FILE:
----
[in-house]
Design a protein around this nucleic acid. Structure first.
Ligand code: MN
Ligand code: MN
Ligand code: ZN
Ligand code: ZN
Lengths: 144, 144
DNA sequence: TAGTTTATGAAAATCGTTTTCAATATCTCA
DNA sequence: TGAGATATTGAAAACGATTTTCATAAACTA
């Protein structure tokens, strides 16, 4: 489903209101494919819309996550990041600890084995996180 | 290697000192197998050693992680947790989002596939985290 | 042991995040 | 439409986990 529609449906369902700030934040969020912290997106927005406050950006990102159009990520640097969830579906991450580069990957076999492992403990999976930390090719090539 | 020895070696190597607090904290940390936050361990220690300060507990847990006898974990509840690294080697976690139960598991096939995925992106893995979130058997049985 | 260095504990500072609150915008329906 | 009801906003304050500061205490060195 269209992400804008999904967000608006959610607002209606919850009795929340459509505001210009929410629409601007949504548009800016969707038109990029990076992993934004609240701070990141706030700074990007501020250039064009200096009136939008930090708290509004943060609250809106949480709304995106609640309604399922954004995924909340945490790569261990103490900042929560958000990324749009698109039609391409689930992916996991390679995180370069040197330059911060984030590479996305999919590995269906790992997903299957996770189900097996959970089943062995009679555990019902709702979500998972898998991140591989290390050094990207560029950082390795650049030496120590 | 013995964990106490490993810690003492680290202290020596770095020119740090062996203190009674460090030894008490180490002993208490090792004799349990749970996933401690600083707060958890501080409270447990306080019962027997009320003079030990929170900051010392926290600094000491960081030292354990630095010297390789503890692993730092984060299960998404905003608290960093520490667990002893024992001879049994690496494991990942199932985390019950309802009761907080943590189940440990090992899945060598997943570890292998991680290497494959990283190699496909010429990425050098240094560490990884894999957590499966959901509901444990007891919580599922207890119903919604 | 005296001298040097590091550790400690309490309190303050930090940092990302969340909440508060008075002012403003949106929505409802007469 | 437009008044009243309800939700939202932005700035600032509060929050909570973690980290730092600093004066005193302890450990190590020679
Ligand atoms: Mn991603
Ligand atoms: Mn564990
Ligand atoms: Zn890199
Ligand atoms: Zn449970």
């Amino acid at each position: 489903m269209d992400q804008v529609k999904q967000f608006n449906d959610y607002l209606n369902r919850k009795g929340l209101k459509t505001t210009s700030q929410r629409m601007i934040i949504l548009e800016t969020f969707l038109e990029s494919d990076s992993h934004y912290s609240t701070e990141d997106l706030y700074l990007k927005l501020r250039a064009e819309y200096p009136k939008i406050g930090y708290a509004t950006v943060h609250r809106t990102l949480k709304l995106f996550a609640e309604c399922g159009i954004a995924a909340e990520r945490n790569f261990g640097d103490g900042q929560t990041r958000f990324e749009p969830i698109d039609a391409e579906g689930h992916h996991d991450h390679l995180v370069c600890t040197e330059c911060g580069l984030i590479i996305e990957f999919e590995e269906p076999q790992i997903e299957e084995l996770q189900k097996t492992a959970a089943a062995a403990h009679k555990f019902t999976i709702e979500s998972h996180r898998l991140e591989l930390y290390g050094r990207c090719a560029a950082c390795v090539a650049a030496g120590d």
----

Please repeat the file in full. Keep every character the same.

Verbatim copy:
[in-house]
Design a protein around this nucleic acid. Structure first.
Ligand code: MN
Ligand code: MN
Ligand code: ZN
Ligand code: ZN
Lengths: 144, 144
DNA sequence: TAGTTTATGAAAATCGTTTTCAATATCTCA
DNA sequence: TGAGATATTGAAAACGATTTTCATAAACTA
């Protein structure tokens, strides 16, 4: 489903209101494919819309996550990041600890084995996180 | 290697000192197998050693992680947790989002596939985290 | 042991995040 | 439409986990 529609449906369902700030934040969020912290997106927005406050950006990102159009990520640097969830579906991450580069990957076999492992403990999976930390090719090539 | 020895070696190597607090904290940390936050361990220690300060507990847990006898974990509840690294080697976690139960598991096939995925992106893995979130058997049985 | 260095504990500072609150915008329906 | 009801906003304050500061205490060195 269209992400804008999904967000608006959610607002209606919850009795929340459509505001210009929410629409601007949504548009800016969707038109990029990076992993934004609240701070990141706030700074990007501020250039064009200096009136939008930090708290509004943060609250809106949480709304995106609640309604399922954004995924909340945490790569261990103490900042929560958000990324749009698109039609391409689930992916996991390679995180370069040197330059911060984030590479996305999919590995269906790992997903299957996770189900097996959970089943062995009679555990019902709702979500998972898998991140591989290390050094990207560029950082390795650049030496120590 | 013995964990106490490993810690003492680290202290020596770095020119740090062996203190009674460090030894008490180490002993208490090792004799349990749970996933401690600083707060958890501080409270447990306080019962027997009320003079030990929170900051010392926290600094000491960081030292354990630095010297390789503890692993730092984060299960998404905003608290960093520490667990002893024992001879049994690496494991990942199932985390019950309802009761907080943590189940440990090992899945060598997943570890292998991680290497494959990283190699496909010429990425050098240094560490990884894999957590499966959901509901444990007891919580599922207890119903919604 | 005296001298040097590091550790400690309490309190303050930090940092990302969340909440508060008075002012403003949106929505409802007469 | 437009008044009243309800939700939202932005700035600032509060929050909570973690980290730092600093004066005193302890450990190590020679
Ligand atoms: Mn991603
Ligand atoms: Mn564990
Ligand atoms: Zn890199
Ligand atoms: Zn449970």
């Amino acid at each position: 489903m269209d992400q804008v529609k999904q967000f608006n449906d959610y607002l209606n369902r919850k009795g929340l209101k459509t505001t210009s700030q929410r629409m601007i934040i949504l548009e800016t969020f969707l038109e990029s494919d990076s992993h934004y912290s609240t701070e990141d997106l706030y700074l990007k927005l501020r250039a064009e819309y200096p009136k939008i406050g930090y708290a509004t950006v943060h609250r809106t990102l949480k709304l995106f996550a609640e309604c399922g159009i954004a995924a909340e990520r945490n790569f261990g640097d103490g900042q929560t990041r958000f990324e749009p969830i698109d039609a391409e579906g689930h992916h996991d991450h390679l995180v370069c600890t040197e330059c911060g580069l984030i590479i996305e990957f999919e590995e269906p076999q790992i997903e299957e084995l996770q189900k097996t492992a959970a089943a062995a403990h009679k555990f019902t999976i709702e979500s998972h996180r898998l991140e591989l930390y290390g050094r990207c090719a560029a950082c390795v090539a650049a030496g120590d």